*GRAPHIC CONTENT WARNING*
Dominic Decque has been sentenced to eight years in prison for his role in the death of 25 year old Adrian Snider. Decque plead guilty earlier this year to manslaughter, after having been initially charged with murder.
According to an agreed statement of facts, then 27 year old Decque and Snider were part of a drug trafficking and prostitution operation that was being run out of a duplex in Hillside in March 2015. After finding $11,500 and a gun missing, Decque’s older brother Patrick suspected Snider and held Dominic responsible for “dealing with him.”
Patrick gave Dominic a metal pipe and a pair of handcuffs, and some time the next night, he and an associate named Tommy Paul attacked Snider at the home. He was handcuffed and assaulted with the pipe, as Dominic asked him what happened to the money. Snider pleaded with them to stop, and a sock was shoved in his mouth. He later fell unconscious and died.
An autopsy found blunt force trauma was one of the 25 year old’s possible causes of death, as he was struck in the head at least five times. There were no skull fractures, and a drug overdose or choking were the other possible causes of death.
When Patrick arrived at the home, Decque had already passed away. His body was moved onto an air mattress, and two of the escorts were ordered to clean up the significant amount of blood. One of them was Courtney McQuinn, who is charged with accessory to murder after the fact. Floorboards and furniture was also removed from the duplex to be burned.
The next day, the men scouted out several locations to bury Snider, and settled on a farmer’s field just outside of Grande Prairie. Patrick drove Dominic and Paul there that night, and the body was left naked in a shallow grave. Patrick later led police to the site.
At Friday’s sentencing hearing in Grande Prairie, Crown prosecutor Aisling Ryan asked for a 10 year sentence, while Decque’s lawyer Daryl Royer argued for between 4.5 years and seven. Justice B.A. Browne settled on eight years, based on the planning of the attack, the weapons used, and the significant efforts made to clean up the scene and dispose of the body.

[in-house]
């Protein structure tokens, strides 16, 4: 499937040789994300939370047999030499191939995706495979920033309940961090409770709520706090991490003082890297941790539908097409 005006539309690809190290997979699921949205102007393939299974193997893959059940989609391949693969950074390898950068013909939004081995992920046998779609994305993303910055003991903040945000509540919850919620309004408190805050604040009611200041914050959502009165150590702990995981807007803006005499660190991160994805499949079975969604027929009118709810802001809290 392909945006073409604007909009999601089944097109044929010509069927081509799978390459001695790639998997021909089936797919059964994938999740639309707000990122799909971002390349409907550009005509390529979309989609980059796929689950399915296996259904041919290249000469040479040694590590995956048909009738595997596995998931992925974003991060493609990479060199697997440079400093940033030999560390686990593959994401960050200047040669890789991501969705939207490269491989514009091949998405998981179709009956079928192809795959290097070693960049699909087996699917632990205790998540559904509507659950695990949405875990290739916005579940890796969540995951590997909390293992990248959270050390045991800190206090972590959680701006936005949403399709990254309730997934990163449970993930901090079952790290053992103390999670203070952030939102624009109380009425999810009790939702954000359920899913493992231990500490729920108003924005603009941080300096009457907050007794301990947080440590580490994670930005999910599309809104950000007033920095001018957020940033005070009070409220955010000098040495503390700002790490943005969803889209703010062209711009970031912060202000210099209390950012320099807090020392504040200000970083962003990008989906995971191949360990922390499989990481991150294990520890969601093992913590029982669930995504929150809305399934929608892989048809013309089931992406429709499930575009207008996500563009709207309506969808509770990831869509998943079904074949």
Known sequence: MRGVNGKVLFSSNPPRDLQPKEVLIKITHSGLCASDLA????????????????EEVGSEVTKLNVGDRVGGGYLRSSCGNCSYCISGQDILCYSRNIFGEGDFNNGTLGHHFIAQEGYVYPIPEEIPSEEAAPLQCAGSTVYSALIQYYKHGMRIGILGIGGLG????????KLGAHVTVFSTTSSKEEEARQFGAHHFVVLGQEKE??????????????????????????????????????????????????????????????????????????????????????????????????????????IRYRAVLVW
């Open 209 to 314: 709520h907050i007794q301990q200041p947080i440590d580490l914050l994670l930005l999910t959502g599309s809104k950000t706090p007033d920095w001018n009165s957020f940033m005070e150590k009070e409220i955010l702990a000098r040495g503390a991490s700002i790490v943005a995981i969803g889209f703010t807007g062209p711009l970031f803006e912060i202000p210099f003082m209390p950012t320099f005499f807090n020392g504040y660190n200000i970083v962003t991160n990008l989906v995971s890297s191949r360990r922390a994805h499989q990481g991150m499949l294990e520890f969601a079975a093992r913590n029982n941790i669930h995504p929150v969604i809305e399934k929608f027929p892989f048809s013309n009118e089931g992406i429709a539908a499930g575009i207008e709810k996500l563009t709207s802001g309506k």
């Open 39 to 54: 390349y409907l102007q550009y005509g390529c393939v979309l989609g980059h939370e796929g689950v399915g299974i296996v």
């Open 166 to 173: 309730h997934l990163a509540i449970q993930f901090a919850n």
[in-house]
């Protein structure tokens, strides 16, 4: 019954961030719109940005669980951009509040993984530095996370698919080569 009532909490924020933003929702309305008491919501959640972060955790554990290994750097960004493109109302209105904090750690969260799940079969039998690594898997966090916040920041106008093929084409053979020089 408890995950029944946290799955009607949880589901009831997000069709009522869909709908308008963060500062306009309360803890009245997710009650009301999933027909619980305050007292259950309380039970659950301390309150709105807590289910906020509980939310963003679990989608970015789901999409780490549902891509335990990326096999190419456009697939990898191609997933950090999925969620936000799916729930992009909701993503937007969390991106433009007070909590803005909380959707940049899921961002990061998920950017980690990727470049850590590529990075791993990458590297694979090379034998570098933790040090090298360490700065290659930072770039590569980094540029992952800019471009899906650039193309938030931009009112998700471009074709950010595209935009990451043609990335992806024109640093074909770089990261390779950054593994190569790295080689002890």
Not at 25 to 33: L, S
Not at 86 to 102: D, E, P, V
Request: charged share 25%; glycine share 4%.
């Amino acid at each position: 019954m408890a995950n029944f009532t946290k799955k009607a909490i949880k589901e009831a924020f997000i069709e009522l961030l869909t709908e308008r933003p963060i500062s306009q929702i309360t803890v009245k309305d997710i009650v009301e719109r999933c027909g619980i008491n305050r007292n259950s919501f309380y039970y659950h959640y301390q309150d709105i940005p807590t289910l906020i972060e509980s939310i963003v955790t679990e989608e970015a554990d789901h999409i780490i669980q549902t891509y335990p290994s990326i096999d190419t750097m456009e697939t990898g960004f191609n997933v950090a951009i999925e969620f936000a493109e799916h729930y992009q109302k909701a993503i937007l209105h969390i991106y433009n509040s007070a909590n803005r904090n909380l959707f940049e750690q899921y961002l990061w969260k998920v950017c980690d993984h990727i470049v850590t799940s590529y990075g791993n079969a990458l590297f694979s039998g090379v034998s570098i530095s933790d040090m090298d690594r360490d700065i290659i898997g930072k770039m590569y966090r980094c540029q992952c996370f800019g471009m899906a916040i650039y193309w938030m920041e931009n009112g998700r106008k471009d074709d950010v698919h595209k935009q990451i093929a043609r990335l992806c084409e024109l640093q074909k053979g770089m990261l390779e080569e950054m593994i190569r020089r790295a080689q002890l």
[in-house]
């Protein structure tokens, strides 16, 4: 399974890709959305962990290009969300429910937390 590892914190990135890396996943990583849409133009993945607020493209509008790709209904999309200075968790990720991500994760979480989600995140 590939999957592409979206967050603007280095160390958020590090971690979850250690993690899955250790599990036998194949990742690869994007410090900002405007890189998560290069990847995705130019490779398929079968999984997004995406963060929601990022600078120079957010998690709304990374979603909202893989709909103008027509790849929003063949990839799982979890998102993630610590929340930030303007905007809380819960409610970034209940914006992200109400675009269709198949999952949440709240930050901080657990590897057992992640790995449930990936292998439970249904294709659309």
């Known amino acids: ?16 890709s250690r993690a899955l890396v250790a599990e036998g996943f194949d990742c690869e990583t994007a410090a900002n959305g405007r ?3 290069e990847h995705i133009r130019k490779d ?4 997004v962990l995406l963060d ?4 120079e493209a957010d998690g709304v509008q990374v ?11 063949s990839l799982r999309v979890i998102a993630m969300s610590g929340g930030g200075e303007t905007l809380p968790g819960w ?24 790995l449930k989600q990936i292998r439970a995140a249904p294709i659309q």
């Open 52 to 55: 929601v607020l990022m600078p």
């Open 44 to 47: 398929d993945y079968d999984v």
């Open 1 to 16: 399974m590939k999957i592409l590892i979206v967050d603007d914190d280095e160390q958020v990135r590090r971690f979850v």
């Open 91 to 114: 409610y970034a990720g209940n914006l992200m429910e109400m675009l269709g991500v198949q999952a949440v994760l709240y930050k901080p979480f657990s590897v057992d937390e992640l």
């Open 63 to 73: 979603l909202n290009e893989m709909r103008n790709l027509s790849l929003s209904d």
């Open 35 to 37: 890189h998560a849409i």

“He should and could have contacted the authorities at a number of stages,” she noted. “He did not.”
She also took into account Decque’s guilty plea, evidence of remorse, and the boot camp program he has completed in remand, as well circumstances of his upbringing. Browne recommended that he serve the rest of his sentence at a federal corrections facility in B.C. to be closer to his family, and that he take trades programs so he will have skills when he is released.
“You have your life ahead of you,” she told him after she delivered his sentence. “I hope that you figure out a way to contribute to society.”
Patrick was scheduled to go to trial for his manslaughter and accessory to murder charges this June, but the date has been waived as he looks for another lawyer. Paul has also plead guilty to manslaughter, and will be in court in Edmonton on April 18th for a decision. McQuinn will be back in Grande Prairie court in August.